I would usually advise to follow the mfrs recommendations... (Samick advised +5mm on the Extremes IIRC). In the absence of any further information, I would go with whatever you currently use, so long as it's between flat and 10mm :devil:

Unless you feel like experimenting? People claim to be able to feel a difference in different tillers, and I've seen stuff about setting it based on the behaviour of your sight. But life's too short for too much fiddling...
 

Robbie Nude

Member
Although on the video he did one complete turn of just bottom bolt, so i should turn top bolt half turn clockwise and bottom half turn c-clockwise?
jime_d ~ as long as you're able to back-off your top limb bolt by half a turn there's no reason why you can't do as you've suggested above except that you should turn the top bolt counter-clockwise and the lower bolt clockwise. (that's looking at the bow from the "outside")


In my case, my limb bolts were both at the absolute minimum so I couldn't do the half-and-half thing with the bolts and I had to increase the lower bolt by a full turn instead.

Jim.
 

jime_d

New member
After setting the tiller don't forget to adjust your nocking point
I haven't even got that far yet, still have to set the nocking point. Trying to keep riser/limbs in their boxes until i get the last few competitions out of the way, else i will be spending all my time messing about with the new bow when i should be concentrating on shooting.
 

jime_d

New member
jime_d ~ as long as you're able to back-off your top limb bolt by half a turn there's no reason why you can't do as you've suggested above except that you should turn the top bolt counter-clockwise and the lower bolt clockwise. (that's looking at the bow from the "outside")
Of course, if i undo the top bolt that would increase the top distance which is what i want.

In my case, my limb bolts were both at the absolute minimum so I couldn't do the half-and-half thing with the bolts and I had to increase the lower bolt by a full turn instead.
I think the forged + manual is the same one i have, i just found that sentence "The limb adjustment channel is factory adjusted to minimum bow weight for [Ultimate] [Forged +] etc."

So i think i will have to do what you wrote earlier Robbie Nude

I should stop skimming over the manual and just read it thoroughly. :scratchch
 

Shirt

Active member
Set the thing to zero and don't worry about it. And zero means only one line on your bracing gauge to check...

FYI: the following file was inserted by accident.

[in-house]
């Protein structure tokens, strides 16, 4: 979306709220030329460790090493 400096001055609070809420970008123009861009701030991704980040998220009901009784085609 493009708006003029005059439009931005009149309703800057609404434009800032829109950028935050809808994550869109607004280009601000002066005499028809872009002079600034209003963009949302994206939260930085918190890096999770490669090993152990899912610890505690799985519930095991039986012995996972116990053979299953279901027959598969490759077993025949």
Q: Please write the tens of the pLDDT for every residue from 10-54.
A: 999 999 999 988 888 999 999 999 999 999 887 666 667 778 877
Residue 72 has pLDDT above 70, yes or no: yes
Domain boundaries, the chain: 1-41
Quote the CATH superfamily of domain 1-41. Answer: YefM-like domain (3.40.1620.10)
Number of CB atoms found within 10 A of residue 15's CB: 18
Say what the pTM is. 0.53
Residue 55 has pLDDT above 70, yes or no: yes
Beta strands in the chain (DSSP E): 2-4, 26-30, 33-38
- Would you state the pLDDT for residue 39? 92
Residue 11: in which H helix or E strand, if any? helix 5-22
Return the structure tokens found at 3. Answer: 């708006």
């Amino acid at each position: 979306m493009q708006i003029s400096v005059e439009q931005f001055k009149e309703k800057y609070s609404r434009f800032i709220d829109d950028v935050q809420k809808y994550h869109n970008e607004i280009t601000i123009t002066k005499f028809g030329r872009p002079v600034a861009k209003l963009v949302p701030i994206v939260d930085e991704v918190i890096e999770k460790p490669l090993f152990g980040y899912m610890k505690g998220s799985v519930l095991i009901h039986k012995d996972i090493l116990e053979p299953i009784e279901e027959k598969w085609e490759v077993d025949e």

joetapley

New member
Hi

I have just taken delivery of my new SF ultimate and 34# SF elite limbs, i am still waiting for a few other bits to arrive before i can set it all up properly, but i used a spare string and checked the tiller and it appears to need adjusting. At the moment i have 17.2cm on the top and 17.6cm bottom.
Clubs should really include basic equipment set up as part of the beginners induction (gripe, gripe, mutter).

Collection of bow on line bow set up guides here https://sites.google.com/site/archerybibliography/recuve-bow-setup

Don't forget that when you get around to getting your arrows and bows to work together you are going to be changing the tiller bolt settings so no point in overdoing the tiller setup at this point. Suggest starting with the bolts at around mid-point with tiller about zero.

Everybody has an opinion about tiller but the reality is that decades ago it was established (by experiment) that for a stabilized recurve bow tiller, within reason, makes no difference so, with zero tiller limbs, using zero tiller setting is sensible. If shooting bare bow or longbow then different "tiller" story.
 

Easily Confused

New member
I have a quick question for jime_d, but please don't take this as being too patronising...

Are you sure you have your limbs on the right way up? 4mm tiller is pretty standard, but your -4mm could just be a case of putting the limbs on the wrong way up.

Personally I do what others have already recommended and set mine to 0mm. I've found for my particular setup and technique this gives the least amount of limb wobble and a nice crisp feeling shot.
 

jime_d

New member
I have a quick question for jime_d, but please don't take this as being too patronising...

Are you sure you have your limbs on the right way up? 4mm tiller is pretty standard, but your -4mm could just be a case of putting the limbs on the wrong way up.

Personally I do what others have already recommended and set mine to 0mm. I've found for my particular setup and technique this gives the least amount of limb wobble and a nice crisp feeling shot.
That is actually the first thing i checked.

Would changing the bracing height affect tiller, because i had it set at the minimum recommendation from the manual?
 

jime_d

New member
When i start setting this bow up i will try 0mm and play around with it in between 0 & +5mm and see how it goes.

I have to learn how all the adjustments work, will just have to set a whole day aside to do it.
 
Top